Hundreds of times a year, interactions between San Jose, Ca., police and residents where no serious crime has occurred escalate into violence, reports the San Jose Mercury News. Many times the reason for the encounter is as innocuous as jaywalking, missing bike head lamps, or failing to signal a turn. Often, as the incidents develop, police determine the suspect is uncooperative and potentially violent and strike the first blow.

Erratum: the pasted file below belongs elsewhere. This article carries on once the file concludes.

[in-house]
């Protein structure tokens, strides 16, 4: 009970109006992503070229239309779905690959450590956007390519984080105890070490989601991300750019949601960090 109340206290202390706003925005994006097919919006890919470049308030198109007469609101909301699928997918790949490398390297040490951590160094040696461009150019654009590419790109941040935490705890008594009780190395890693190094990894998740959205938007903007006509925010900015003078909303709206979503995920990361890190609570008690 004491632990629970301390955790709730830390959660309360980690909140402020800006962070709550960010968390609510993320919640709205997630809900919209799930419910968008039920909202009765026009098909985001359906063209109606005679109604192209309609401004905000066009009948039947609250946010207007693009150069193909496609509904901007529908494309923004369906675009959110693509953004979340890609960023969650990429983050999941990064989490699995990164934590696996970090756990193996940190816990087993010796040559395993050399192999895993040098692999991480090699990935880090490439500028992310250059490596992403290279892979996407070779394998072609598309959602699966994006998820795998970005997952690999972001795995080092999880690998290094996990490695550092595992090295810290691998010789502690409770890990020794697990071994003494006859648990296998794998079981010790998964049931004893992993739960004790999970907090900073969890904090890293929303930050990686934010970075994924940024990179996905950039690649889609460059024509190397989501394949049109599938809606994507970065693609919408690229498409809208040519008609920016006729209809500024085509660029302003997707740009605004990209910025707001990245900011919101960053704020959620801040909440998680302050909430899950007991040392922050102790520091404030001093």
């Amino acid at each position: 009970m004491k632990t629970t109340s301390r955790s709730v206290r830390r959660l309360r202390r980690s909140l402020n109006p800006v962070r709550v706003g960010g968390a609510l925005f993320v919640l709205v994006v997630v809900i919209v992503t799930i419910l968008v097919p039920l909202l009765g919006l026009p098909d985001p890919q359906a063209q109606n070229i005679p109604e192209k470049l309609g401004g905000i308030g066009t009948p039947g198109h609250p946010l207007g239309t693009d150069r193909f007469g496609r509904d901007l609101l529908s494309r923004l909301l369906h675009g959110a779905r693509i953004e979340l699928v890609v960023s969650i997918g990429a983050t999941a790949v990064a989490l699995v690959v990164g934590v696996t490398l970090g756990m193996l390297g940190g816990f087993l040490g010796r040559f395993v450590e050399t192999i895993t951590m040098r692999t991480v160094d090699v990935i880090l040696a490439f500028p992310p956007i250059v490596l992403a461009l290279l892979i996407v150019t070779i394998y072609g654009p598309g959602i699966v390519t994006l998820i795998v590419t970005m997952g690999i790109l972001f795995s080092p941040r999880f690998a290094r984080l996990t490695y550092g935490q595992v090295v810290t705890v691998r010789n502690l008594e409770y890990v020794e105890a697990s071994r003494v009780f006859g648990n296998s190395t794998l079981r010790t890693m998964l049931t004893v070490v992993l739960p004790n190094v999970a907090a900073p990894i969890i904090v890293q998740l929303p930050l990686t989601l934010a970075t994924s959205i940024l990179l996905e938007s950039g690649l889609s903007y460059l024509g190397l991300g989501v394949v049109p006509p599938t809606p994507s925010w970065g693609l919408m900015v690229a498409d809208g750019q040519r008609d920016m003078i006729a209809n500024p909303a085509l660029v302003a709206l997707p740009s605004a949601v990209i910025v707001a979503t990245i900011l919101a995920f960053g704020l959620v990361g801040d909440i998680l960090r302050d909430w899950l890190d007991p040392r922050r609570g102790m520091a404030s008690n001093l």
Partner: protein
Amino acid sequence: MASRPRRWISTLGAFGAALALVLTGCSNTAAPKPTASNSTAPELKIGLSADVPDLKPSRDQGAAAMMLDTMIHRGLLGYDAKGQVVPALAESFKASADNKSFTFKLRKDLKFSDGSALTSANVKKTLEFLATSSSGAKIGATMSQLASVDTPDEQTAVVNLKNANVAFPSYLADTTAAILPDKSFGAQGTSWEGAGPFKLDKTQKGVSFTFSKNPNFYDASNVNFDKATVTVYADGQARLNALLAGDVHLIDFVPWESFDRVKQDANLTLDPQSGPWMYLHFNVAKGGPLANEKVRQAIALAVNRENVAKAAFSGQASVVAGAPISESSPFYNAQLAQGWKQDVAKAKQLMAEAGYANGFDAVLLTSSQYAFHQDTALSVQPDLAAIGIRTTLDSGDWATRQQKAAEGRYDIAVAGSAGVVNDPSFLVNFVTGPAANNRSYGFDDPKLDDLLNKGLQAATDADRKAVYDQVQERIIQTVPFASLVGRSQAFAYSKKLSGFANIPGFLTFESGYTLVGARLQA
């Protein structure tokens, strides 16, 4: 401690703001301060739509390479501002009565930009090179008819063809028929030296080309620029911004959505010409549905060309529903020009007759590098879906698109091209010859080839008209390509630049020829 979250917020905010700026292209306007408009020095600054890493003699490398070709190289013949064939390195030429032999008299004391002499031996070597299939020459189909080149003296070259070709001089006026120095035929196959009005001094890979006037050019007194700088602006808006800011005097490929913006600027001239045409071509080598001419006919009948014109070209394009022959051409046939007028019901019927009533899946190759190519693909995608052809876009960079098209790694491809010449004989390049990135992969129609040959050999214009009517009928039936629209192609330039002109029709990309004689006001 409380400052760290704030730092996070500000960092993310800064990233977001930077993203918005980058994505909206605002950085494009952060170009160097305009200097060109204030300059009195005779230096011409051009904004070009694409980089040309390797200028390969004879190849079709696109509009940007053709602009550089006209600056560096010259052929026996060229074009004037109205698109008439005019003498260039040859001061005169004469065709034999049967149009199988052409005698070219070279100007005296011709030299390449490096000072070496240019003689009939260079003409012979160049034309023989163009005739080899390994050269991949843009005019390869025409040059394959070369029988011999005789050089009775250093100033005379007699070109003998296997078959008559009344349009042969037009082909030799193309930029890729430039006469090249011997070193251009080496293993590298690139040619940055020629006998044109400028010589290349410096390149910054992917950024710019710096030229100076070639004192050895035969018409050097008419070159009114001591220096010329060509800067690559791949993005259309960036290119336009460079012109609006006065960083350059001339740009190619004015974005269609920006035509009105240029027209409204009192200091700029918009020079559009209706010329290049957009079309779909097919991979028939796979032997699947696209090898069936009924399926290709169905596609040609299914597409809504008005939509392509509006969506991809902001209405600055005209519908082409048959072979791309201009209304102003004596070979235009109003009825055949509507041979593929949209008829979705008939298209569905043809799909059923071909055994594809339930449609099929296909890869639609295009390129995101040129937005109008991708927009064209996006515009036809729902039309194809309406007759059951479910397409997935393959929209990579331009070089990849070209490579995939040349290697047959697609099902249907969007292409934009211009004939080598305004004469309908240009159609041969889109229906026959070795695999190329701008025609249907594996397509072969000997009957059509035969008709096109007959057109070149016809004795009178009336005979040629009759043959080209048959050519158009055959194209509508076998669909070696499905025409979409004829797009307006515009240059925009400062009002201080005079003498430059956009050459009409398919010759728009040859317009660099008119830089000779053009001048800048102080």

While many of those incidents raise questions about whether the police response was excessive, the department almost always dismisses such complaints about its behavior and limits public scrutiny of the cases, moves that tend to heighten distrust of the department, particularly in minority communities. The newspaper reviewed 206 court cases in which the most serious charge against the defendant was the misdemeanor crime of resisting arrest or delaying or obstructing a police officer. Of those, 145 – 70 percent of the cases – involved the use of force by officers. Around the nation, many police departments closely monitor cases of resisting arrest because of a concern that the loosely defined crime is a “cover charge” used by errant cops to justify unnecessary force. San Jose police officials last month said, in response to Mercury News questions, that they were instituting a policy to begin tracking such arrests.